I finally got back home from traveling and went right back to work. Last week was a bit of a fitness bust, but the dynamic duo of running are in full force this week.
Flanked by Sid and Asteria, we did a warm-up jog in Central Park.
Then it was time for drills. These drills are not intuitive to me -- I have not practiced them enough. At worst, left to my own devices, they don't get done or certainly not done well. At best, under the tutelage of Sid, I feel like a goofus. I now know when it comes to drills, Sid is comparatively easier. This week, Asteria the technician ran the drills like Captain von Trapp.
Asteria would have me start. I would take two steps, thinking I was doing great things, and Asteria would say, "Stop, stop, stop. You have to go like this, like that, like this, like that, and that; go again." There was a lot of "this and that" and I wasn't getting most of it. I'm a very visual person. So, I watched the technician and tried to repeat.
Most of these drills focused on opening up my stride and making less noise with my feet by picking them up. One drill helped me strike more on my heel and roll forward versus running on my toes. I tend to run on the balls on my feet. We also did high knee drills to help me lift my knees and extend out, taking longer steps.
Sid and Asteria complement each other. I'm grateful to have the benefit of their experience. Although I didn't know it growing up, I am a natural runner.
Sid and Asteria are giving me the tools to help take my running to the next level. I can see the changes but this transformation will happen gradually and will continue post-marathon.
After drills, Asteria told Sid and me to run up a hill, a little more than a molehill. The point of this exercise, which I felt in my hamstrings, was to show me how to have a shorter stride on a hill, increase speed, push through over the top, and open up my stride. Sid and I ran it together.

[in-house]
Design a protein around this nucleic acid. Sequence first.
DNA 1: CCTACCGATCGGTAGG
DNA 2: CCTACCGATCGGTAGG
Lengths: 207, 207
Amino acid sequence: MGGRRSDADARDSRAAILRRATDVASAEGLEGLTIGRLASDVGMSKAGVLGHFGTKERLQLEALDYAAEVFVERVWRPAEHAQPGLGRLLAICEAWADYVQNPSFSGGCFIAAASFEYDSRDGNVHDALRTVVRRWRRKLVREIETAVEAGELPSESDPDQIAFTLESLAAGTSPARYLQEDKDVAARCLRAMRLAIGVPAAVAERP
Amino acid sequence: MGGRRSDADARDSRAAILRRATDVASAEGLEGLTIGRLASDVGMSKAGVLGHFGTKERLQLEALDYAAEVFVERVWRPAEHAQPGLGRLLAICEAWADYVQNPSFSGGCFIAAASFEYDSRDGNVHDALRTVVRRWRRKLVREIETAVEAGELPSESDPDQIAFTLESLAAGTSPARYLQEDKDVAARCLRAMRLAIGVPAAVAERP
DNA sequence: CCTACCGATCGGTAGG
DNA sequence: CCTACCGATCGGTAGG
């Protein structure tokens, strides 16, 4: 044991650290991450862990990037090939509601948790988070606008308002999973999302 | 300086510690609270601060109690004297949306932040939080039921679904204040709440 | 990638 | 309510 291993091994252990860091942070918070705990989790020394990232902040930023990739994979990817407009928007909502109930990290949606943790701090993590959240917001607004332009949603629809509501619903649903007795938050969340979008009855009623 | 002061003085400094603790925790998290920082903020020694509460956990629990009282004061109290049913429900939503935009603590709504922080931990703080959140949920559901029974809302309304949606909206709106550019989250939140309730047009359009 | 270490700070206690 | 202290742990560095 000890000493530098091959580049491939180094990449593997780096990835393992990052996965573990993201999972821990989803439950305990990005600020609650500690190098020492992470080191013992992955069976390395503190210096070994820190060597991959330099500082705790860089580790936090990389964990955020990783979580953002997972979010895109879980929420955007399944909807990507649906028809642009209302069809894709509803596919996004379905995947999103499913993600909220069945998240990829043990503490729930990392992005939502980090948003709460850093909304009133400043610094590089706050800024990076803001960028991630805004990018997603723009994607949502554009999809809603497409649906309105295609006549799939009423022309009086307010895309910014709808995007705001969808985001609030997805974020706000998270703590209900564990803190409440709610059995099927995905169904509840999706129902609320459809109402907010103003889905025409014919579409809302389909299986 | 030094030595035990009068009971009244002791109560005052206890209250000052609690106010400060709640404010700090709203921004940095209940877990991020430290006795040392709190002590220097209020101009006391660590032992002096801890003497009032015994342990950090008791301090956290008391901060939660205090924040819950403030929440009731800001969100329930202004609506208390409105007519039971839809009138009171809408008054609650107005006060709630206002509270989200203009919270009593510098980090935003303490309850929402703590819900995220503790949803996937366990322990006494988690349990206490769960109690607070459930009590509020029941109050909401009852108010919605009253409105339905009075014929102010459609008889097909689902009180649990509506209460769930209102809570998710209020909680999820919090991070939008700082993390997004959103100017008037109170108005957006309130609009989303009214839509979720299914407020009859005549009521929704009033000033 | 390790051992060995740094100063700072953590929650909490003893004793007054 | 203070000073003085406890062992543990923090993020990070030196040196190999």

After the second one, we both looked totally exhausted.
As we both wanted to collapse in the dirt, Sid quoted Frederick Douglass: "If there is no struggle, there can be no progress." Through wheezing and heaving, the sage words sounded more like a bad fortune cookie to me. But Sid and I recovered and repeated the drill three more times.
On Saturday, I volunteered with Sid and Asteria at a children’s fitness event in Harlem, but I ran on my own.
After my demonstrations ended, Sid said, "That was great, just great, but you've still got to run. Take it easy but you've got to run two hours."
Ugh. It was late afternoon by the time I got to the park, raining and desolate. As I trudged through the muddy path, I thought "This sucks."
I ran an hour and 45 minutes.My brain was shutting down and my right hip was a little tweaked. I hope that time was good enough. Sorry Sid – will make it up next week.
We are four weeks away from Marathon Day, Nov. 6. I am definitely struggling though I also am progressing.
Jennifer Turner is a veteran television executive in New York City. A certified group fitness instructor and self-proclaimed "fitness activator," she believes that everyone has ability, with the right tools, social support, and inspiration to be able to connect to fitness in an emotional way. Her mission is to activate that ability and to inspire communities across the country. Jennifer blogs at madcoolfitness.com.